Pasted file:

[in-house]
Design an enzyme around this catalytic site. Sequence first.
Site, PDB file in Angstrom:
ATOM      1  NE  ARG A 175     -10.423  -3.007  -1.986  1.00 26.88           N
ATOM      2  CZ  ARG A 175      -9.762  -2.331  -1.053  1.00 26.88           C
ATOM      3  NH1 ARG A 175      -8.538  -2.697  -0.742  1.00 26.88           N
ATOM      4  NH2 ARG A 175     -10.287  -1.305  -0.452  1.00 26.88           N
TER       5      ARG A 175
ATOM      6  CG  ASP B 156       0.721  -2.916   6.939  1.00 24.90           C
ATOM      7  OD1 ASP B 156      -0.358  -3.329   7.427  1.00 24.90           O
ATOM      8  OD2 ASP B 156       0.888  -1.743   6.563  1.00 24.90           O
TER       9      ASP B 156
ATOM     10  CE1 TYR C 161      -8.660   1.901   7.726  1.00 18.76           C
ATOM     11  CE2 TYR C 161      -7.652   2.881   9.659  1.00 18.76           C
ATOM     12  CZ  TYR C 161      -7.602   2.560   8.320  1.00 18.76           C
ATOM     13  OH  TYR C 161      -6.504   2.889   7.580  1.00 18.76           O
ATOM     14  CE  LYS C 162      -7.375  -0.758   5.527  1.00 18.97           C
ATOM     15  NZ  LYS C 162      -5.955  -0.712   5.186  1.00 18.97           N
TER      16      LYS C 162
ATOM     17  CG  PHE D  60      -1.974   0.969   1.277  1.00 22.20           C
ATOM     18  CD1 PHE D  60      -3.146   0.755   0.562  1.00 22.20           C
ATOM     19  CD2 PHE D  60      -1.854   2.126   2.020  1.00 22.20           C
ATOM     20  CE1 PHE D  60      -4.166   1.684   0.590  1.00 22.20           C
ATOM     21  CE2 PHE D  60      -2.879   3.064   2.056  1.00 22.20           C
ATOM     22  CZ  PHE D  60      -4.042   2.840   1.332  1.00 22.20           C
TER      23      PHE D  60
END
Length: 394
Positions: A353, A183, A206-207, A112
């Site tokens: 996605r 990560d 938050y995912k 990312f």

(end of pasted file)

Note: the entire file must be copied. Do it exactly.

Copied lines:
[in-house]
Design an enzyme around this catalytic site. Sequence first.
Site, PDB file in Angstrom:
ATOM      1  NE  ARG A 175     -10.423  -3.007  -1.986  1.00 26.88           N
ATOM      2  CZ  ARG A 175      -9.762  -2.331  -1.053  1.00 26.88           C
ATOM      3  NH1 ARG A 175      -8.538  -2.697  -0.742  1.00 26.88           N
ATOM      4  NH2 ARG A 175     -10.287  -1.305  -0.452  1.00 26.88           N
TER       5      ARG A 175
ATOM      6  CG  ASP B 156       0.721  -2.916   6.939  1.00 24.90           C
ATOM      7  OD1 ASP B 156      -0.358  -3.329   7.427  1.00 24.90           O
ATOM      8  OD2 ASP B 156       0.888  -1.743   6.563  1.00 24.90           O
TER       9      ASP B 156
ATOM     10  CE1 TYR C 161      -8.660   1.901   7.726  1.00 18.76           C
ATOM     11  CE2 TYR C 161      -7.652   2.881   9.659  1.00 18.76           C
ATOM     12  CZ  TYR C 161      -7.602   2.560   8.320  1.00 18.76           C
ATOM     13  OH  TYR C 161      -6.504   2.889   7.580  1.00 18.76           O
ATOM     14  CE  LYS C 162      -7.375  -0.758   5.527  1.00 18.97           C
ATOM     15  NZ  LYS C 162      -5.955  -0.712   5.186  1.00 18.97           N
TER      16      LYS C 162
ATOM     17  CG  PHE D  60      -1.974   0.969   1.277  1.00 22.20           C
ATOM     18  CD1 PHE D  60      -3.146   0.755   0.562  1.00 22.20           C
ATOM     19  CD2 PHE D  60      -1.854   2.126   2.020  1.00 22.20           C
ATOM     20  CE1 PHE D  60      -4.166   1.684   0.590  1.00 22.20           C
ATOM     21  CE2 PHE D  60      -2.879   3.064   2.056  1.00 22.20           C
ATOM     22  CZ  PHE D  60      -4.042   2.840   1.332  1.00 22.20           C
TER      23      PHE D  60
END
Length: 394
Positions: A353, A183, A206-207, A112
């Site tokens: 996605r 990560d 938050y995912k 990312f």